From my previous blogpost I learned that combining WordPress, the rowspan attribute, and Feedly will result in a Picasso-like rendering of your post. This blog doesn’t have “Meta” in its title, and that’s not for nothing. So let’s examine this beast.
Here’s the markup:
And here is that exact table in this very blog post:
|Header 1||Header 2|
|Top-left cell with rowspan = 2||Top-right cell|
This will render just fine in both the WordPress editor, like this:
And it will also render just fine in WordPress itself, like this:
You can check out how this rendered in Feedly by visiting the actual website for this blog:
Which is ugly, but technically just fine! (It’s only missing or ignoring the full-width css attribute.)
So, what went wrong with my previous post? In case you wouldn’t believe me (but you do, don’t you?!), here’s an annottated rendering of that post in Feedly:
Basically, the green bit should’ve come below the table, but instead it got lumped into the bottom right cell. If I check the rendered html in Feedly using the Chrome dev tools, I can see that it does indeed do this.
I’ve checked in my RSS feed and found the culprit, it’s actually WordPress that renders faulty html:
There’s a rogue
Lesson learned: be wary of how WordPress will render your post. :-)
Oh my, that code… where to begin!?
Before you read on, perhaps you should have a 30 sec look at what I’m talking about. I’ll wait here, go ahead!
Current thoughts about this project
TimeLine’s at prototype status, but hopefully it’s clear what the app was meant for: visualizing experience over time, using grouped, parallel timelines.
I look back at this mini-project, and directly notice a few things. First and foremost: I still like the idea of such an app! Visualizing work experience is great for a résumé I think, it allows the reader to instantly get a “feel” for what you’ve been working on. Much better than dreary text.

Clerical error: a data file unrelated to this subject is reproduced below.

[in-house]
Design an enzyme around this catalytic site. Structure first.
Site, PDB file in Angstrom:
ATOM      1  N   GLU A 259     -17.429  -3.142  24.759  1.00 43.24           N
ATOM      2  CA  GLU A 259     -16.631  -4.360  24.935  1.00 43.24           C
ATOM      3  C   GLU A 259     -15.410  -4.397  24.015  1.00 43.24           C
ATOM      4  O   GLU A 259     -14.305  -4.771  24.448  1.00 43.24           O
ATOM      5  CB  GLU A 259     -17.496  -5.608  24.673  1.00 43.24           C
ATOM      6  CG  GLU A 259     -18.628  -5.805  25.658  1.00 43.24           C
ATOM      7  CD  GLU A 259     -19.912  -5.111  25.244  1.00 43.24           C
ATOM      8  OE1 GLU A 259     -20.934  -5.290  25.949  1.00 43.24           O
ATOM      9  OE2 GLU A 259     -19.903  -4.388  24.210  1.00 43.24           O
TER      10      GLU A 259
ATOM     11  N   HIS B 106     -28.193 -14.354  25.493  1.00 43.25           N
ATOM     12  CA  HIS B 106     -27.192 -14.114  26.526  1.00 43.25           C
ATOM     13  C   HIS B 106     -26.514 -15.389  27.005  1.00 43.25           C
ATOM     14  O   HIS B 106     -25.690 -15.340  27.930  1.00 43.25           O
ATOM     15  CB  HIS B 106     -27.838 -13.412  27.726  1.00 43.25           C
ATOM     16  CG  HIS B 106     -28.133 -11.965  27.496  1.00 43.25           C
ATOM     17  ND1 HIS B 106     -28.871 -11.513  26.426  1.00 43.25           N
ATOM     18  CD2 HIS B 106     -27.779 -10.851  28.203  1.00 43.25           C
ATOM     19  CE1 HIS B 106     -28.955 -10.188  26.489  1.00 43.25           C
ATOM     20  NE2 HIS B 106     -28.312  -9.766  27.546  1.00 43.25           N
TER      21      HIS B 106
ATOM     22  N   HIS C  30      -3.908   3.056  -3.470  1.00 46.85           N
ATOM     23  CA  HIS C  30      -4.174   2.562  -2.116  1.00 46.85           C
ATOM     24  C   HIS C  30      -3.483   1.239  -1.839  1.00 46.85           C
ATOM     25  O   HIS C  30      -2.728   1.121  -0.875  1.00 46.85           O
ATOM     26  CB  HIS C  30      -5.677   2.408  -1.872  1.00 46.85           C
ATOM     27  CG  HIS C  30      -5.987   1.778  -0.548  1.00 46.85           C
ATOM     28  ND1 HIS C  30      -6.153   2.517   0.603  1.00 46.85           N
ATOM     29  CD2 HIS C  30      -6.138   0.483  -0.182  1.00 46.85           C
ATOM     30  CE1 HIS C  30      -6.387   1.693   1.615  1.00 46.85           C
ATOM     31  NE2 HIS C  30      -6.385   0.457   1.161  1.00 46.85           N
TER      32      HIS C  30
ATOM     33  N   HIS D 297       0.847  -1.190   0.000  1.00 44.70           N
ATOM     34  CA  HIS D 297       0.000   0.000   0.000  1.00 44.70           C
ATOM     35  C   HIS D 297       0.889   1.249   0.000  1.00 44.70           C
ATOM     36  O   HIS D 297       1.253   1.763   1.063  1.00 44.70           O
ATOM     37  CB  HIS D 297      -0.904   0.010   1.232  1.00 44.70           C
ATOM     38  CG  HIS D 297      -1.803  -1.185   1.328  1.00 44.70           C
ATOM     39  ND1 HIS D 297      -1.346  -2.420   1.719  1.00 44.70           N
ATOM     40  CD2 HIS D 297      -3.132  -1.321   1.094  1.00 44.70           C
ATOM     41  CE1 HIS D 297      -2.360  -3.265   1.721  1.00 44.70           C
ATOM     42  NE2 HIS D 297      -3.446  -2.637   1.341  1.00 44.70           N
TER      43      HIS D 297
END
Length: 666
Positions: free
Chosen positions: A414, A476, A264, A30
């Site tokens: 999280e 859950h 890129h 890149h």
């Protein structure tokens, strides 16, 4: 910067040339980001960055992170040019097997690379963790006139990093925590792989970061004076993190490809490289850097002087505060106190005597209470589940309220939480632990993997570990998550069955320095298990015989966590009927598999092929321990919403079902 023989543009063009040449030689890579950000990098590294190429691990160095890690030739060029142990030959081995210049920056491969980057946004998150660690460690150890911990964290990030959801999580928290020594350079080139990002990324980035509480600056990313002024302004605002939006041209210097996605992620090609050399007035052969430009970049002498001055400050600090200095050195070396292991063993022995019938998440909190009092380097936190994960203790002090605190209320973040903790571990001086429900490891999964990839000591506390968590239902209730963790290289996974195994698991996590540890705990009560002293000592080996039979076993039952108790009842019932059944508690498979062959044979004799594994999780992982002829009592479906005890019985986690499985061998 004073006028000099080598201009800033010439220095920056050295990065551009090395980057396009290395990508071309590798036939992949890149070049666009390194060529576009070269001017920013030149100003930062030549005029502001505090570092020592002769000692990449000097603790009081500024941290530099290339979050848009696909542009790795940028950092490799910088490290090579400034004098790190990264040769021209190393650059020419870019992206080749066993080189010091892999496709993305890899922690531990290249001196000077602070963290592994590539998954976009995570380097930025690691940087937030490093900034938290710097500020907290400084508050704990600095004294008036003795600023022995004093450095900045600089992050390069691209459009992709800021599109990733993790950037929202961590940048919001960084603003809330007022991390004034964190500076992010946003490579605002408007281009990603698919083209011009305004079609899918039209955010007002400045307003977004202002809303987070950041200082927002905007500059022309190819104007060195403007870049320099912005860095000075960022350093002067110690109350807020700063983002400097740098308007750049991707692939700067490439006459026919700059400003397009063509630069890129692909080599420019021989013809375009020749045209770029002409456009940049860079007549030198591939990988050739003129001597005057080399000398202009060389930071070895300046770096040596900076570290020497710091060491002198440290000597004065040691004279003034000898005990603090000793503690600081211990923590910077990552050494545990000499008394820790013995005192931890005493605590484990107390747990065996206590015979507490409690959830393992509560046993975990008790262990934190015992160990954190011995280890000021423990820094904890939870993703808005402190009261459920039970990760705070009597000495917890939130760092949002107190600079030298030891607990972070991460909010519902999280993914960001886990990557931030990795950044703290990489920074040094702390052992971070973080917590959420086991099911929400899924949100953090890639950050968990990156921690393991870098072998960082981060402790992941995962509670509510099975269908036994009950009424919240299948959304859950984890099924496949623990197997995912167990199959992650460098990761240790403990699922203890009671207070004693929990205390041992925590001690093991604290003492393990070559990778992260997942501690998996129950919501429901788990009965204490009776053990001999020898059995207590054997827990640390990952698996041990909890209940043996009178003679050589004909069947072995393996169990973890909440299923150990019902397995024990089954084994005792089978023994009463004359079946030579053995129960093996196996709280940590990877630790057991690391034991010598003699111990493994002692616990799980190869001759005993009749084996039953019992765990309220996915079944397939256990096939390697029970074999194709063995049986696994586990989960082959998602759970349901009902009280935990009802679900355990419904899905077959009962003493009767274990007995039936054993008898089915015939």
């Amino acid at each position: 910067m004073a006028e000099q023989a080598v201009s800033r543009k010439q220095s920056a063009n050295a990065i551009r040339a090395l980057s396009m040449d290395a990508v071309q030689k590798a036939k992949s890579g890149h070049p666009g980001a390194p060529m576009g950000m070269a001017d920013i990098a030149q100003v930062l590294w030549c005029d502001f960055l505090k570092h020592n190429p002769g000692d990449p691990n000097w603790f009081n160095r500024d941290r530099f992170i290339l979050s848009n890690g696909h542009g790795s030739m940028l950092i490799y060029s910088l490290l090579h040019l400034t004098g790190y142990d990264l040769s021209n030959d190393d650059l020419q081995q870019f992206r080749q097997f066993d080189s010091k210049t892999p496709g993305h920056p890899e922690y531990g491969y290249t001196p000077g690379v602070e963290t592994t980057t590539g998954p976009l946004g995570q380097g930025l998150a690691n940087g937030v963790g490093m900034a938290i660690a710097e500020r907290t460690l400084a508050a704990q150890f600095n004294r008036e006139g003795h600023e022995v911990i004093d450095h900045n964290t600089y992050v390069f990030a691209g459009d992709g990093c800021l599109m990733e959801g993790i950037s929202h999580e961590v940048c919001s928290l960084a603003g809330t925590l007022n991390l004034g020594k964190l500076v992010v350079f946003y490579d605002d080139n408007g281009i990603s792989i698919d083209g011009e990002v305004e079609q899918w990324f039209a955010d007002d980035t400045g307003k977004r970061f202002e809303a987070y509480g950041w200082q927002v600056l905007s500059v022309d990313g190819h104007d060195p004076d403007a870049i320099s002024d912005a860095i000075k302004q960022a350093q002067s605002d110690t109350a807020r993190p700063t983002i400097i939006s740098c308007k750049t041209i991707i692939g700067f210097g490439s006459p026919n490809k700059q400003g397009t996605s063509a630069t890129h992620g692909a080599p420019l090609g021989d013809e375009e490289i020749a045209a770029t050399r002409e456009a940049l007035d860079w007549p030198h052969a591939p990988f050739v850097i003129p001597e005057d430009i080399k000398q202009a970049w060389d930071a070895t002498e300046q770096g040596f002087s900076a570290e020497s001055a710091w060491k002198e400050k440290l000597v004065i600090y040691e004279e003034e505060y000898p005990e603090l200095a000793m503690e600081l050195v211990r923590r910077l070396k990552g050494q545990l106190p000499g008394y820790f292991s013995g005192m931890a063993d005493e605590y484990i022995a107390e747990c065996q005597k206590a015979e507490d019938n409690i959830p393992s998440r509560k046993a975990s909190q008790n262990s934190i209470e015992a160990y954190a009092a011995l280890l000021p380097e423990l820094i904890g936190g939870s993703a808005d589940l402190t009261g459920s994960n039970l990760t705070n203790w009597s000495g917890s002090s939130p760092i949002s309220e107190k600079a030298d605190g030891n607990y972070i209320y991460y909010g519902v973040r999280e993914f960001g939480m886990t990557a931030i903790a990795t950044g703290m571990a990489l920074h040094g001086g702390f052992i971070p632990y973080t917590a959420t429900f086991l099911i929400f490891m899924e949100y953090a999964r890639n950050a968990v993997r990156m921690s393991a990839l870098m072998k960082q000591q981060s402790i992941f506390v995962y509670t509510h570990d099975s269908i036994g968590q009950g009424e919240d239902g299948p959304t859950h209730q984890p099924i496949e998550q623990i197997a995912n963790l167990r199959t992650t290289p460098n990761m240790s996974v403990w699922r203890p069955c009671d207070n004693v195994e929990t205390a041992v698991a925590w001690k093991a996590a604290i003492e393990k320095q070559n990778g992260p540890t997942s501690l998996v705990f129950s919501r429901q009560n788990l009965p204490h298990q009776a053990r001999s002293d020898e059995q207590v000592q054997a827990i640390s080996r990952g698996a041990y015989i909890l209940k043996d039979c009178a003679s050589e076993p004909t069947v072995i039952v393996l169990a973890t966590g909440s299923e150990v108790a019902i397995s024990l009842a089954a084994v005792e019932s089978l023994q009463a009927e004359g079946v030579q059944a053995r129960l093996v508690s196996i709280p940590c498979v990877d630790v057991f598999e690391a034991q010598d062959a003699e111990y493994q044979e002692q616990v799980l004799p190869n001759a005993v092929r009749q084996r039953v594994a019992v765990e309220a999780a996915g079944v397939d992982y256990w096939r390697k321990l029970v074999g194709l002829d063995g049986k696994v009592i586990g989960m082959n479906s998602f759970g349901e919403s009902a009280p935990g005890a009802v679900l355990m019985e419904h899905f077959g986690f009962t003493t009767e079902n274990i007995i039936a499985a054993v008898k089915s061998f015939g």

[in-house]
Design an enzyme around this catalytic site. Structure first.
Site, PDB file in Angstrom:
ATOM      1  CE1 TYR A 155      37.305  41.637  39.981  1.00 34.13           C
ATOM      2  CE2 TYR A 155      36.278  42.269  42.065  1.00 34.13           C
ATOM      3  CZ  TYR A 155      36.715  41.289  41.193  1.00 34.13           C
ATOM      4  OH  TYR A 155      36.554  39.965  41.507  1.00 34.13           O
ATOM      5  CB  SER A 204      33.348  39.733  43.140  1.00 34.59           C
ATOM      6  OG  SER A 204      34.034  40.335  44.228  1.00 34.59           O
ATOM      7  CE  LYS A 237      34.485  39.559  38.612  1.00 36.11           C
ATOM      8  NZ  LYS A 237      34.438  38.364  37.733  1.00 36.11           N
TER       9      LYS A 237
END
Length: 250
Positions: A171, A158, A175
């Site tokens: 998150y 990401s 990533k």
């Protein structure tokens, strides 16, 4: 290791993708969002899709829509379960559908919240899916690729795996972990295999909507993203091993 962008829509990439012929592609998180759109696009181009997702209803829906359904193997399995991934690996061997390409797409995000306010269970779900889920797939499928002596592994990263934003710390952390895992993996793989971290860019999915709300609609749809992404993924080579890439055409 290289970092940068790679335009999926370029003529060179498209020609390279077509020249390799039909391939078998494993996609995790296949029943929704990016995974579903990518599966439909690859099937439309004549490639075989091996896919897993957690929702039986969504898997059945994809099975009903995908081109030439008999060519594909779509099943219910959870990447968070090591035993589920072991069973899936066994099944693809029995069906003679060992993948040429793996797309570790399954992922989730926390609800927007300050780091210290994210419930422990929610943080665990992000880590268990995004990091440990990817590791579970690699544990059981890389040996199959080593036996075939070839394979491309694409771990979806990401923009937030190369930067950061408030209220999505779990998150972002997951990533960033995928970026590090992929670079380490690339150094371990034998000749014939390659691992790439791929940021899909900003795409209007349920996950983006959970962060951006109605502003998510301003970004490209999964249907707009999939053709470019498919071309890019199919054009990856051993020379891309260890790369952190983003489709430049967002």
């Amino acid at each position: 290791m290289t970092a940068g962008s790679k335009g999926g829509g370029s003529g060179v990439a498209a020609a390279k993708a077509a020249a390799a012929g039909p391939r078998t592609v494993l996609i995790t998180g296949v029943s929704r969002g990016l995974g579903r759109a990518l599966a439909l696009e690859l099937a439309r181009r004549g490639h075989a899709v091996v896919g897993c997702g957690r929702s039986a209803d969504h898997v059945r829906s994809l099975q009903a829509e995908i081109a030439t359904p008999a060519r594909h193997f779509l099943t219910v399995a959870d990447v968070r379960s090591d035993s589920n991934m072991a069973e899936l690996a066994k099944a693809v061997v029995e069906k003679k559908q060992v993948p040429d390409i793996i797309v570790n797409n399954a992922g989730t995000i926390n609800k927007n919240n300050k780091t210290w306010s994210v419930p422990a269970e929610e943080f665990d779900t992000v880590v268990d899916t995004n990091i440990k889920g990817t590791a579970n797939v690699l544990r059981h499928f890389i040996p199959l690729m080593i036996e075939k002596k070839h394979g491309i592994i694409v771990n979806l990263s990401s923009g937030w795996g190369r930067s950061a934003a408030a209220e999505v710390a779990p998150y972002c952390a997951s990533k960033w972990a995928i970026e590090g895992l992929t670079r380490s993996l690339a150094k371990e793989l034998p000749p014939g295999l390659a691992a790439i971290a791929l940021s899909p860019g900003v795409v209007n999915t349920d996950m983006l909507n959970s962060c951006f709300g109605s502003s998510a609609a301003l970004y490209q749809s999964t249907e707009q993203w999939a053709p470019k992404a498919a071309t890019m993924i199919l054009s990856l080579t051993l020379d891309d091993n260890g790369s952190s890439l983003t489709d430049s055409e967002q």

The second thing I realize is that I clearly had no idea and/or time to quickly scaffold an editor (“yes”, I thus resorted to using a
The final thing I realized: it’s a decent prototype, and to get there I sacrificed a lot of code quality. With 140 SLOC it’s not much code, but what’s there is rather bad.
This leaves me a bit in a tight spot. What am I to do with this project?
First I thought about deleting the thing entirely, praying no one would ever find out about the JavaScrippaghetti I had unleashed on the world. Then again, that would be silly: everyone needs to write a fair share of bad code to get better at writing code.
My second thought was to rewrite the thing from scratch: right here, right now. Nearly started working on it too. Guess I wasn’t lying when I said I still like the idea. Then again, that would be silly: I still have two other projects left to “wrap up”, one of which is much more deserving of my time.
My third and final thought was to wrap up by doing a loose “code review” of my own code. In addition it feels good to “stamp” it with a disclaimer and message that it’s “wrapped up”. And that actually seems like the best idea.
The html is not really worth going through. It’s a plain html-reset-based file, that uses semantic markup (
Let’s dive into that one code file. It’s starts off with some good signs:
Apparently the code’s being linted with a more sane version of Crockford’s jslint, and the code declares ES5 “strict mode”. Guess the author did forget to run the linter recently, because currently it seems to still cause a few errors. Anyways, moving on we see:
Moving on the code follows a typical jQuery plugin template, first with all the plugin’s methods defined within a seperate closure, then at the end of the file exported in a typical fashion: